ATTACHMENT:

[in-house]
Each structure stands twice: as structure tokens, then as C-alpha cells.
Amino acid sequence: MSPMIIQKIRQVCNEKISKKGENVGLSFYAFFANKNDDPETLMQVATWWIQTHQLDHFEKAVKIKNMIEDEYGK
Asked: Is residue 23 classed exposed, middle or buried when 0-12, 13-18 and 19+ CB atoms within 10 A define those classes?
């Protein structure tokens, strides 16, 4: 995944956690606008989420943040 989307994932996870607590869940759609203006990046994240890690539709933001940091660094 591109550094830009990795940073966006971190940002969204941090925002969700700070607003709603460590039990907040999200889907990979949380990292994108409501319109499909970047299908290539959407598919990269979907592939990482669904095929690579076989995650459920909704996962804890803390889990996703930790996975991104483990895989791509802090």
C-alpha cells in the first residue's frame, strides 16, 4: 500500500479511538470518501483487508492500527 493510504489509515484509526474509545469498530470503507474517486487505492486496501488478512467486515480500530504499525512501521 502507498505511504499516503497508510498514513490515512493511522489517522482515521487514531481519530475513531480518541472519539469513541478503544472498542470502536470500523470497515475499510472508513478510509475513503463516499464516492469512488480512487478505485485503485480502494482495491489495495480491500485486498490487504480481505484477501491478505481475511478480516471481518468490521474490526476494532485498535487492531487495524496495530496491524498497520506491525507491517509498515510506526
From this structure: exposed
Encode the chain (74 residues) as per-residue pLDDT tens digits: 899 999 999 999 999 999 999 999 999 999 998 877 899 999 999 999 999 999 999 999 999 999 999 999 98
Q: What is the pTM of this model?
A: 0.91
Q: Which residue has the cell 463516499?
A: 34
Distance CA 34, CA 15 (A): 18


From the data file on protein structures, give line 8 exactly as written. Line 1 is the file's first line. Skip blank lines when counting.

Encode the chain (74 residues) as per-residue pLDDT tens digits: 899 999 999 999 999 999 999 999 999 999 998 877 899 999 999 999 999 999 999 999 999 999 999 999 98